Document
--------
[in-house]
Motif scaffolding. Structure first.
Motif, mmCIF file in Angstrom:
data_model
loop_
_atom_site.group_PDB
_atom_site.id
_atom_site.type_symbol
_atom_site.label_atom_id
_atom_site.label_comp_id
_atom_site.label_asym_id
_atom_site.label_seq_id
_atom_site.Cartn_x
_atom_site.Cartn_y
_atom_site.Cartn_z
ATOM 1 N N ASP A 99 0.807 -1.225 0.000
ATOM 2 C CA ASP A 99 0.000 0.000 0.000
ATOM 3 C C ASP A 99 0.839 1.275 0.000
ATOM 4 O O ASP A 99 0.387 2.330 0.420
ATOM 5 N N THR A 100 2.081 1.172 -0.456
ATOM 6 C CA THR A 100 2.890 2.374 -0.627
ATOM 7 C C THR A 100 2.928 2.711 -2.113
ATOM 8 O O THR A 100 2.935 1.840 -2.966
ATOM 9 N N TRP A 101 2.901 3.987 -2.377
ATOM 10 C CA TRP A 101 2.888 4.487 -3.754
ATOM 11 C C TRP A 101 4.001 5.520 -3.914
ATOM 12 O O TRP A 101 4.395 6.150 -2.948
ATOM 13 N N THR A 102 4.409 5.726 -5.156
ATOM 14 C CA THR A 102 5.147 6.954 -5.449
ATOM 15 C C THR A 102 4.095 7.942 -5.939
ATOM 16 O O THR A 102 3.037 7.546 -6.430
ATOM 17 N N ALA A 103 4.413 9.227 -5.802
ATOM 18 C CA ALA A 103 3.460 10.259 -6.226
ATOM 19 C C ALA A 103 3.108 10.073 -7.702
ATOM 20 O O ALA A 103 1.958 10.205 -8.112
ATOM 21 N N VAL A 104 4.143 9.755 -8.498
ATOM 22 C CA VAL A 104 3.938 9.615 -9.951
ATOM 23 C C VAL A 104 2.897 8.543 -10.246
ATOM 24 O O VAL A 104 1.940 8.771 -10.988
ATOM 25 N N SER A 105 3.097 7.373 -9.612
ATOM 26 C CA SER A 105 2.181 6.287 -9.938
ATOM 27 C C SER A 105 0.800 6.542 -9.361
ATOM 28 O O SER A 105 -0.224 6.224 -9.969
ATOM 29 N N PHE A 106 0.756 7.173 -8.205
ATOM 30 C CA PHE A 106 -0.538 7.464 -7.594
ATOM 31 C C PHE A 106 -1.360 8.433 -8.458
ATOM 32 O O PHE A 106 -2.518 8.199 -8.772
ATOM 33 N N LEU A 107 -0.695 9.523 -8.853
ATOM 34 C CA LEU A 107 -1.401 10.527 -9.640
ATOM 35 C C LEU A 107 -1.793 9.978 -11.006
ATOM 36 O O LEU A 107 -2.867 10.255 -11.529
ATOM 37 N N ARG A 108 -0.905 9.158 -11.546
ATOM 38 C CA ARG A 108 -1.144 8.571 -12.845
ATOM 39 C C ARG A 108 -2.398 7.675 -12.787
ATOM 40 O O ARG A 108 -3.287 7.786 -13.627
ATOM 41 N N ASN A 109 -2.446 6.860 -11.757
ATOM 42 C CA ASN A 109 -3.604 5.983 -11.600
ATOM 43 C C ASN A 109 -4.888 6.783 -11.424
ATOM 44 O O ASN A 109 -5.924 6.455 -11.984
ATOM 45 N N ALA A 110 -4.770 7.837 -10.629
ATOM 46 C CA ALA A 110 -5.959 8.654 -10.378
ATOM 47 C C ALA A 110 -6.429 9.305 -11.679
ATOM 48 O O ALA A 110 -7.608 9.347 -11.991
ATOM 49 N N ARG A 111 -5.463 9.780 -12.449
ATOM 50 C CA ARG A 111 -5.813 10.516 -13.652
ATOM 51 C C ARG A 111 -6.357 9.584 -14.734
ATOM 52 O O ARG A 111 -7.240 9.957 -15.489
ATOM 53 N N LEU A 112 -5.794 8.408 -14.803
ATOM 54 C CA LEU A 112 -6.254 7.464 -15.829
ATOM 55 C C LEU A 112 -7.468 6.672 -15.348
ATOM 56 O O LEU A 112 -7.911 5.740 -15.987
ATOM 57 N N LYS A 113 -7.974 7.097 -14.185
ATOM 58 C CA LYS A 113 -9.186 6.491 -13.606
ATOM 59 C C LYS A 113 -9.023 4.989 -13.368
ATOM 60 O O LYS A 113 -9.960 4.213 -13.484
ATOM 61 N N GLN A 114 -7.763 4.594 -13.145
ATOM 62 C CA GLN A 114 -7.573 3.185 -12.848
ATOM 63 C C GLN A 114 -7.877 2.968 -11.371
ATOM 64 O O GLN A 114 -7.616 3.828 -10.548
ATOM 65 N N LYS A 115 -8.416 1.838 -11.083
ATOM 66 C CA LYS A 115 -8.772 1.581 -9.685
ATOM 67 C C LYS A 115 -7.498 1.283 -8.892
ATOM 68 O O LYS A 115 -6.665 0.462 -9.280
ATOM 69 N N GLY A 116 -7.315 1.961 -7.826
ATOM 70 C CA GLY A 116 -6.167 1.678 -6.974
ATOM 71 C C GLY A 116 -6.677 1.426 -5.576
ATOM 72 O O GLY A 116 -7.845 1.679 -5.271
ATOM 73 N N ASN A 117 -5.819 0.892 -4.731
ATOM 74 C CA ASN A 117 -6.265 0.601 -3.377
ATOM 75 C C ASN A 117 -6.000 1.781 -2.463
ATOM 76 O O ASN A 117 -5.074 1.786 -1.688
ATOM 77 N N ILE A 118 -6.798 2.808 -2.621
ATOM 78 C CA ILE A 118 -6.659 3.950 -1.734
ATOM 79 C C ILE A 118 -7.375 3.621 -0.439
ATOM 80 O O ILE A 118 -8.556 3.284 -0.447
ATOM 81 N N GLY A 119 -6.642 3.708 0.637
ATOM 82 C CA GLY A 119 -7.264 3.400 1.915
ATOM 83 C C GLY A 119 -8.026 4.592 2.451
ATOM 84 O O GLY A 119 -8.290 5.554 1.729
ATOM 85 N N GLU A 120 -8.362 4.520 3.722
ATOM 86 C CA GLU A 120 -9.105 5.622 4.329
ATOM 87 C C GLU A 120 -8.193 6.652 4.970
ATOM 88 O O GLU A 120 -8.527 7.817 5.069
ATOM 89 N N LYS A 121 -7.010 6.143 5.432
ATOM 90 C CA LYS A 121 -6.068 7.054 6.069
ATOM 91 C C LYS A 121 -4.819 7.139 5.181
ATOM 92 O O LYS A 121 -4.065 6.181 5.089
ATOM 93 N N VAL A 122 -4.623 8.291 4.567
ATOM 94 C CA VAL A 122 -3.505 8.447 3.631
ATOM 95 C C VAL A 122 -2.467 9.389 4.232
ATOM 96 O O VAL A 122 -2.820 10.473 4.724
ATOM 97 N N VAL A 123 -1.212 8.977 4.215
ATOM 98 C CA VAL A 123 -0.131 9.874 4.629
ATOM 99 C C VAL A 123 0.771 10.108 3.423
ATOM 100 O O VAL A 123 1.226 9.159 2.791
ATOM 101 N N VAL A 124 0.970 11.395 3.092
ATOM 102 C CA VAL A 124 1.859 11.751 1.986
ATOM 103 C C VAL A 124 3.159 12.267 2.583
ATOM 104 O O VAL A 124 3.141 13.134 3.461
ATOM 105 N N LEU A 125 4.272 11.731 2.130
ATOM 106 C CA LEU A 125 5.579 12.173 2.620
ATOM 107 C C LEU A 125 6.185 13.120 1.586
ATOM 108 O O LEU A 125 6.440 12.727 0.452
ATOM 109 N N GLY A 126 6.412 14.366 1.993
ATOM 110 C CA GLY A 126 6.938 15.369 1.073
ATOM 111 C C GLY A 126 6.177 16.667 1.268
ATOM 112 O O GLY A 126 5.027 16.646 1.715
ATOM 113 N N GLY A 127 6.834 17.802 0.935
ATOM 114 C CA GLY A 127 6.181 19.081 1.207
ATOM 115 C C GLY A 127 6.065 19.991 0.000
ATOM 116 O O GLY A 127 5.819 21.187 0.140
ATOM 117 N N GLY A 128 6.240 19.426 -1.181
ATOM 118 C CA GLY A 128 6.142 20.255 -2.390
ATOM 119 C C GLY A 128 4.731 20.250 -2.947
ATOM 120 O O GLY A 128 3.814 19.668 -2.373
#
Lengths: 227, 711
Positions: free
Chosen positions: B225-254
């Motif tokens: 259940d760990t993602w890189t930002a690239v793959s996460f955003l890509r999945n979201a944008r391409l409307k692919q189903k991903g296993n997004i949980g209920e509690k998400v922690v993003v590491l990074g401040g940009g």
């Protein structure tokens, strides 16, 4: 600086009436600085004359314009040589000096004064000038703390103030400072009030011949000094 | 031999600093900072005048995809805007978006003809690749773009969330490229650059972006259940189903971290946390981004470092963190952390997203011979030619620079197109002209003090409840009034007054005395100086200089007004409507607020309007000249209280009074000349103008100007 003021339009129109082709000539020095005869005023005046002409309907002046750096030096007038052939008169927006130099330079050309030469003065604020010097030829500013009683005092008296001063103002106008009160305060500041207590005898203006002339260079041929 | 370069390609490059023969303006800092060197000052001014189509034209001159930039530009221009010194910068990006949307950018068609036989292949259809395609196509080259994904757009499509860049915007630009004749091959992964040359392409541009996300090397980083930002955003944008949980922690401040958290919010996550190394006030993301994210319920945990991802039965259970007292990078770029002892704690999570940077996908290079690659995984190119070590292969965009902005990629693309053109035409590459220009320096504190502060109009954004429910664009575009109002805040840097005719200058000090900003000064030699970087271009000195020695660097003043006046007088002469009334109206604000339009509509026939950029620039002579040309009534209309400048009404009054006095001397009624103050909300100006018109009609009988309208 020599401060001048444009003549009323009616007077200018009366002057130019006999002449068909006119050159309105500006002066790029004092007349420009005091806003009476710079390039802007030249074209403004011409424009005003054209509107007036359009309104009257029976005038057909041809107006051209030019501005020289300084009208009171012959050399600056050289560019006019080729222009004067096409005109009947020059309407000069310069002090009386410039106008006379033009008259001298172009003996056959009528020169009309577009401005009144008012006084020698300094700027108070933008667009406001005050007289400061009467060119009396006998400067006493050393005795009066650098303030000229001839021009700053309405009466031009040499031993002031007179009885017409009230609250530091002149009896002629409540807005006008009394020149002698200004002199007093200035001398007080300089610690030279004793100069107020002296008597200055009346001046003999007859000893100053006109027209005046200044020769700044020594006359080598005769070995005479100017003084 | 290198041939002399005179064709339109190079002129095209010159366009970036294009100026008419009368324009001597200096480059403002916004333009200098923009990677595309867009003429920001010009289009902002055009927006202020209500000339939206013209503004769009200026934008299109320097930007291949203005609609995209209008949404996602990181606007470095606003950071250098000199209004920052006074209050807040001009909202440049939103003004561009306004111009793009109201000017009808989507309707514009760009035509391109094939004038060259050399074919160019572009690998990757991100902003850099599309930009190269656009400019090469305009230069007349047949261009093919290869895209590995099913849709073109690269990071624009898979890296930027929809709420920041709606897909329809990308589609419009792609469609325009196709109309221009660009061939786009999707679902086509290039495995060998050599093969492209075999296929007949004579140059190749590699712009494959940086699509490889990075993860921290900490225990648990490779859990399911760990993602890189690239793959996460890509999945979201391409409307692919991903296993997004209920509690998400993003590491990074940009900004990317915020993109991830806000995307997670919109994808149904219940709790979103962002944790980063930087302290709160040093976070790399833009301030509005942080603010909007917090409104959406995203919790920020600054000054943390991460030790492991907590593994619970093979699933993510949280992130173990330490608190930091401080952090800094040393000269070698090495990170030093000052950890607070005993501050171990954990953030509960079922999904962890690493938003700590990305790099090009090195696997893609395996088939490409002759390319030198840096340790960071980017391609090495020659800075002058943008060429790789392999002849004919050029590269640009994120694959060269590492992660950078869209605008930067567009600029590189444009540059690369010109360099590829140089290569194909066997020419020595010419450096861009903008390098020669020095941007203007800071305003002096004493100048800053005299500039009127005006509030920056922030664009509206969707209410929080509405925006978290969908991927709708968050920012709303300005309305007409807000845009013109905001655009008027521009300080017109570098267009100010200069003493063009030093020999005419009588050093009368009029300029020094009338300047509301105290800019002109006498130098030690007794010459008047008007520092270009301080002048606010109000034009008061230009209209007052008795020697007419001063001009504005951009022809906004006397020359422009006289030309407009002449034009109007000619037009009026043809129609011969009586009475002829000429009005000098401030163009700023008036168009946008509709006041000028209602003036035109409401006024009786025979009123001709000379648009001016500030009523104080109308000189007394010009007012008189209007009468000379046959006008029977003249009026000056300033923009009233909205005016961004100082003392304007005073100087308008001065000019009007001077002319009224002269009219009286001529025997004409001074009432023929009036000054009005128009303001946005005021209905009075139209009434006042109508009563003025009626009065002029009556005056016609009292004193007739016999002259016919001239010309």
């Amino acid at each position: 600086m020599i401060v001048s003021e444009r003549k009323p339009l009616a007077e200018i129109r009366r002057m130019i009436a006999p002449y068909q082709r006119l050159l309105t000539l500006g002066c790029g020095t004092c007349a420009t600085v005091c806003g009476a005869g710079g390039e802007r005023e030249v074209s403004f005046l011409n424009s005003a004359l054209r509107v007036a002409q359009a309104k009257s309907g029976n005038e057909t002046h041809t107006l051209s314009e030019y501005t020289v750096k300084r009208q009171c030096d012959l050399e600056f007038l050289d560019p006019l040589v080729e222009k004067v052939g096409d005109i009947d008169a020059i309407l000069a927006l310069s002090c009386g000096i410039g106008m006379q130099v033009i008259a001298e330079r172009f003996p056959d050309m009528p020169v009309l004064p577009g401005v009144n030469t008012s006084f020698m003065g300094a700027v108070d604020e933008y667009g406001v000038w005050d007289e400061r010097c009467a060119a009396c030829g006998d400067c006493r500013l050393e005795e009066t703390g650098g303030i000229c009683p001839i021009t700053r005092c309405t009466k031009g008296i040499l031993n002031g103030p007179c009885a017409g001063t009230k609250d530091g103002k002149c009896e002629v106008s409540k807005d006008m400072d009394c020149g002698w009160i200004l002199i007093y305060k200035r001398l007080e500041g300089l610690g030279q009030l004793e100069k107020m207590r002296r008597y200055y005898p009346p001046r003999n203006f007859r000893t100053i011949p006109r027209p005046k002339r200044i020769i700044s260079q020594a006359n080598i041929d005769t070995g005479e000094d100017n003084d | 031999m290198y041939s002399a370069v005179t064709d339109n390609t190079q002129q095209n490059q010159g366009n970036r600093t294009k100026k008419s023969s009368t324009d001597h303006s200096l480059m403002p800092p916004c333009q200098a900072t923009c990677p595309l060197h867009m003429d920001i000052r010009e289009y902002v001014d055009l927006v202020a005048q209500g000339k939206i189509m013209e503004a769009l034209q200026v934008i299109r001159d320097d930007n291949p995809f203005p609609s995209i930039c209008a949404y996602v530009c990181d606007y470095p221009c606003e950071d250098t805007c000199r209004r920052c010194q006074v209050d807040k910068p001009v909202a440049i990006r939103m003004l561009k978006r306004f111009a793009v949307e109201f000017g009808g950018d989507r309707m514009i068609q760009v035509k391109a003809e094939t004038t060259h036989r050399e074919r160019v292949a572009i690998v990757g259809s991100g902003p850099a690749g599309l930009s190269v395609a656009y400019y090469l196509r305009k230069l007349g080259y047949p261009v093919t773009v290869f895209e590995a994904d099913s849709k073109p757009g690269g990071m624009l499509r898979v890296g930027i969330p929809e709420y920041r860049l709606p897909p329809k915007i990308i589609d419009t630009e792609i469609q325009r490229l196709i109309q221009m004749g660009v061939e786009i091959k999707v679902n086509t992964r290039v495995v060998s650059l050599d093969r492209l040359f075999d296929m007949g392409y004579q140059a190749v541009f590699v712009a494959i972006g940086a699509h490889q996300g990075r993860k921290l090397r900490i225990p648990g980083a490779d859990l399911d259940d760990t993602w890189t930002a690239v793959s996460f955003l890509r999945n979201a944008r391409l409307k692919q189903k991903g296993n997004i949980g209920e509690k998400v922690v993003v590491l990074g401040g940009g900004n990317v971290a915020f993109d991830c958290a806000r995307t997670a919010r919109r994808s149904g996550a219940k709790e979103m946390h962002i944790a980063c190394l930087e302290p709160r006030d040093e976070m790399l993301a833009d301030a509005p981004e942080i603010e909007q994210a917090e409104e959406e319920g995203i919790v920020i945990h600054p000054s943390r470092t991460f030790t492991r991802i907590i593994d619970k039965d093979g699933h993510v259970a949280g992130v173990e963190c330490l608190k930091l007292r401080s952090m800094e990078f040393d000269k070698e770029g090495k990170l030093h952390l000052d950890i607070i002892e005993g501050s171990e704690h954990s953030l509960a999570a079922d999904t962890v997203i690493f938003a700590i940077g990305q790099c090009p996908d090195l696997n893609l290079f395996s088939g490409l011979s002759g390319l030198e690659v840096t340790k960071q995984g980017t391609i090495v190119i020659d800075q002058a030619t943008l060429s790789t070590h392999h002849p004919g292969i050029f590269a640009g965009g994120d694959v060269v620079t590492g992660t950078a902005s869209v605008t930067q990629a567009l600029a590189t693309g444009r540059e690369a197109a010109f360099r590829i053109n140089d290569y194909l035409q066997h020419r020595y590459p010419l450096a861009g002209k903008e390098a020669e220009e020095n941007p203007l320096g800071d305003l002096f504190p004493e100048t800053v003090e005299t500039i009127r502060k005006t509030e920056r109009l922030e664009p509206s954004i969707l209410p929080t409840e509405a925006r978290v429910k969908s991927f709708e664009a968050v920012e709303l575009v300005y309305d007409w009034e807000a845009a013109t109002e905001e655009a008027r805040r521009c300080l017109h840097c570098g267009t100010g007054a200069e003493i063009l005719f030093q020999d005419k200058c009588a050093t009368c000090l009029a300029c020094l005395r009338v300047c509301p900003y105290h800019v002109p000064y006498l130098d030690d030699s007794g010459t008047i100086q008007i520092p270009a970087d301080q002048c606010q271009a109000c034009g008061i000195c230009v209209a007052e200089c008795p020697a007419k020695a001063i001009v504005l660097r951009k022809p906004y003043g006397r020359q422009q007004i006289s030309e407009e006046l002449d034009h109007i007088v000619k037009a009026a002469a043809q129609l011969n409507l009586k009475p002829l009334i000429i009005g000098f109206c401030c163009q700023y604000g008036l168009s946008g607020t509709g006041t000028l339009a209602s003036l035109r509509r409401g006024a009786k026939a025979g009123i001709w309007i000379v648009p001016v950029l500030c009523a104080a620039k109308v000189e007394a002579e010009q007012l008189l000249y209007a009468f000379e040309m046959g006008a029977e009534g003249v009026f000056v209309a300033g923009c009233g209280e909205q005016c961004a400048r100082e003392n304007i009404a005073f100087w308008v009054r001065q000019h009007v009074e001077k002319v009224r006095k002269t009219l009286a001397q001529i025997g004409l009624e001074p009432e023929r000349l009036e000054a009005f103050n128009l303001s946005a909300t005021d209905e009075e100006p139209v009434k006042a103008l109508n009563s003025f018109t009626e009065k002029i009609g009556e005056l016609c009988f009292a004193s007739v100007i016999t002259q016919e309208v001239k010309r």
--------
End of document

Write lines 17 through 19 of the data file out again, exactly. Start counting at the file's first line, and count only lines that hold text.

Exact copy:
ATOM 2 C CA ASP A 99 0.000 0.000 0.000
ATOM 3 C C ASP A 99 0.839 1.275 0.000
ATOM 4 O O ASP A 99 0.387 2.330 0.420